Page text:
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Waste from Electrical and Electronic Equipment (WEEE)

EU rules on treating waste electrical and electronic equipment, to contribute to sustainable production and consumption.

Waste electrical and electronic equipment
© baranozdemir / Getty Images

 

Main law: WEEE Directive

Entry into force: 13 August 2012

Connected topics:  Chemicals Circular economy Restriction of hazardous substances in EEE (RoHS) Waste and recycling

Connected strategies: Circular economy action plan

Connected Commission priorities: European Green Deal

Overview

The amount of waste electrical and electronic equipment (widely known as WEEE or e-waste) generated every year in the EU is increasing rapidly. It is now one of the fastest growing waste streams.

EU rules on WEEE aim to contribute to sustainable production and consumption. They address environmental and other issues caused by the growing number of discarded electronics in the EU.

Background

Waste from electrical and electronic equipment includes a large range of devices such as computers, fridges and mobile phones at the end of their life.

This type of waste contains a complex mixture of materials, some of which are hazardous. These can cause major environmental and health problems if the discarded devices are not managed properly. In addition, modern electronics contain rare and expensive resources, which can be recycled and re-used if the waste is effectively managed.

Improving the collection, treatment and recycling of electrical and electronic equipment (EEE) at the end of their life can

  • improve sustainable production and consumption
  • increase resource efficiency
  • contribute to the circular economy

The EU has introduced the WEEE Directive and the RoHS Directive to tackle the issue of the growing amount of WEEE.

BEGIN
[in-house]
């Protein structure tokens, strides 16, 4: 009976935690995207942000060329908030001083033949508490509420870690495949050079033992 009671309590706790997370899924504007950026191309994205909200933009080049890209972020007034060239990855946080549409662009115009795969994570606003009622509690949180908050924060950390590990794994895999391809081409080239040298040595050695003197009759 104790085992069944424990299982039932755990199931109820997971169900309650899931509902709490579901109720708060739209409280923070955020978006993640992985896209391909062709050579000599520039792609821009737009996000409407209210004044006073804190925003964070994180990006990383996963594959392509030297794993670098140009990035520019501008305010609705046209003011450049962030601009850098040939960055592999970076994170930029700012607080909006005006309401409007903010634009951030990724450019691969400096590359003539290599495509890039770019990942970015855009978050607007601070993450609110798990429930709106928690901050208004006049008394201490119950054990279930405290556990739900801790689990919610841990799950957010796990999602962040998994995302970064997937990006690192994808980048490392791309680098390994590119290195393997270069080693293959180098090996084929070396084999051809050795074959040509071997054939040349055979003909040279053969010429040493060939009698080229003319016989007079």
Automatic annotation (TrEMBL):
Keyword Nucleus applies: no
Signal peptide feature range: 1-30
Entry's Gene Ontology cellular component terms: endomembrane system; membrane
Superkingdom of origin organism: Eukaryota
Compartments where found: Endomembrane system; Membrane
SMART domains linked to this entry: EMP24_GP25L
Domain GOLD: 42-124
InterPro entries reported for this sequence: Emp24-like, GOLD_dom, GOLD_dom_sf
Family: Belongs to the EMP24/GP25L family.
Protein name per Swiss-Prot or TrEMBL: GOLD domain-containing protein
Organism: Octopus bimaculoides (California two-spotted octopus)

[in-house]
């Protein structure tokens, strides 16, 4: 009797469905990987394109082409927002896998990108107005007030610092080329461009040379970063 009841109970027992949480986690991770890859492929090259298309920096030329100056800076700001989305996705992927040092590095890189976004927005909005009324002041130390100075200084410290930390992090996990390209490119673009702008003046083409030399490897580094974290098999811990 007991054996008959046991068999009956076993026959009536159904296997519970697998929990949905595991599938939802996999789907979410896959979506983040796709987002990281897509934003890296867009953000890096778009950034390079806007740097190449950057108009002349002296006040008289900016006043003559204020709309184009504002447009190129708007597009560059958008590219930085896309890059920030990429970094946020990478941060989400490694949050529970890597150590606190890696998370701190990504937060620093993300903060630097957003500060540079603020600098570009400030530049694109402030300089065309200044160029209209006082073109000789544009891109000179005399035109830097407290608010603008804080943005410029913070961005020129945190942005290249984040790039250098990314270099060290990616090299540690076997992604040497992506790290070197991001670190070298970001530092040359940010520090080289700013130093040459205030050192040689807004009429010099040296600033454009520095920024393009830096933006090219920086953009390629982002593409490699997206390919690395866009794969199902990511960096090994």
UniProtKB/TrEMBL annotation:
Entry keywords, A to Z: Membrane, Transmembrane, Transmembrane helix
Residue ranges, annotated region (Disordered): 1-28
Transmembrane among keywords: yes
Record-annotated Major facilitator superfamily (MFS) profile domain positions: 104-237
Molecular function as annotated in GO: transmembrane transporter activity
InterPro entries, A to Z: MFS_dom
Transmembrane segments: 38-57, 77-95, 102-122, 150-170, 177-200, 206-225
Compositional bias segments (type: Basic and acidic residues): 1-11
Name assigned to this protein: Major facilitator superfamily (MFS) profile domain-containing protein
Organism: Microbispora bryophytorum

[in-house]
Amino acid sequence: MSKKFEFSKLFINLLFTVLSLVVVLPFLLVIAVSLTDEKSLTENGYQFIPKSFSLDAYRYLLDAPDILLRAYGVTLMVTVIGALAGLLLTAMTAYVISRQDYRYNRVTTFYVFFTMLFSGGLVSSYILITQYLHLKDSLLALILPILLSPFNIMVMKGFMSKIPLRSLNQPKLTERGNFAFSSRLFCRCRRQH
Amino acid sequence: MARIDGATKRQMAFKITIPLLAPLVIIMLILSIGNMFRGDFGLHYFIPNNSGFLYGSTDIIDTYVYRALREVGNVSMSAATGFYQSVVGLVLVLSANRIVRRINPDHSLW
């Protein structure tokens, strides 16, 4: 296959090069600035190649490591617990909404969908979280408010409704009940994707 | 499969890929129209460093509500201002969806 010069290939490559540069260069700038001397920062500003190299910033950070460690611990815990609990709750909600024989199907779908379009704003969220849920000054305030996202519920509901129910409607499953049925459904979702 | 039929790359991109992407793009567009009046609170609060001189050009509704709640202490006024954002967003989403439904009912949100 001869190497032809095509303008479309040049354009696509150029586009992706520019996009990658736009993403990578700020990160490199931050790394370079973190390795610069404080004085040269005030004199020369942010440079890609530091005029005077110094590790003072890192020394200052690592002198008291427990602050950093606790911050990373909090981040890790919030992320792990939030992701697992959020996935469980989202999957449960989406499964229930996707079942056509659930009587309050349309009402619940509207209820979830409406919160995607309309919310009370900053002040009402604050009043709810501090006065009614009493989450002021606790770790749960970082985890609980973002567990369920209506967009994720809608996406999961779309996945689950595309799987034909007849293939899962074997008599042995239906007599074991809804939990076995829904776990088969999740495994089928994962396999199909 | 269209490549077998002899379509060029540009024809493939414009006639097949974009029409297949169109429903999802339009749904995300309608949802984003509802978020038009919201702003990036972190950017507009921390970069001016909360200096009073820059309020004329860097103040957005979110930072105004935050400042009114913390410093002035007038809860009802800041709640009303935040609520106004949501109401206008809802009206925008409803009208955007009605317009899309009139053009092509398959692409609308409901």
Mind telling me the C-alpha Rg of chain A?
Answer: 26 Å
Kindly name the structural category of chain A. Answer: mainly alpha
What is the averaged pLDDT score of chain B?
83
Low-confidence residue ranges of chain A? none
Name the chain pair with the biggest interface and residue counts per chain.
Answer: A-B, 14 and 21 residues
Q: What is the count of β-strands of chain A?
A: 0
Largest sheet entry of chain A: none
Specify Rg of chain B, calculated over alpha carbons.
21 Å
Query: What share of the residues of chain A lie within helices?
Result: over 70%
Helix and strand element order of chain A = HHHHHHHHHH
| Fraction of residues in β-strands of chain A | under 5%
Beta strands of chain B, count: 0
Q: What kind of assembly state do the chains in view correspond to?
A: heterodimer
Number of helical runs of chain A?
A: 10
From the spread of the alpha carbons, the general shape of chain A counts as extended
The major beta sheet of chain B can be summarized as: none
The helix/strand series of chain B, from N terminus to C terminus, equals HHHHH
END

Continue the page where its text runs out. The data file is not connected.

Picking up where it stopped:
Objectives

The WEEE Directive aims to contribute to sustainable production and consumption by

  • preventing the creation of WEEE as a first priority
  • contributing to the efficient use of resources and the retrieval of secondary raw materials through re-use, recycling and other forms of recovery
  • improving the environmental performance of everyone involved in the life cycle of EEE

In order to achieve these objectives, the Directive

  • requires the separate collection and proper treatment of WEEE and sets targets for their collection as well as for their recovery and recycling
  • helps European countries fight illegal waste exports more effectively by making it harder for exporters to disguise illegal shipments of WEEE
  • reduces the administrative burden by calling for the harmonisation of national EEE registers and of the reporting format

Implementation

Information about the implementation of the WEEE Directive, including data and reporting and WEEE calculation tools.

Implementation of the WEEE Directive

More information  

Timeline

Key dates related to the WEEE Directive

  1. 17 December 2019
    Adoption of Implementing Decision 2019/2193
  2. 19 February 2019
    Adoption of Implementing Regulation 2019/290
  3. 18 April 2017
    Adoption of Implementing regulation 2017/699
  4. 14 February 2014
    New WEEE Directive becomes effective
  5. 13 August 2012
    New WEEE Directive enters into force
  6. February 2003
    First WEEE Directive enters into force

Contact

For questions on the WEEE Directive, please contact our functional mailbox.

For questions on WEEE implementation or enforcement, please contact Member State authorities or the European WEEE Registers Network (EWRN).

To purchase European Standards, please contact the national members of the European Standardization Organisations.

Contact the relevant European Standardization Organisation CENELEC.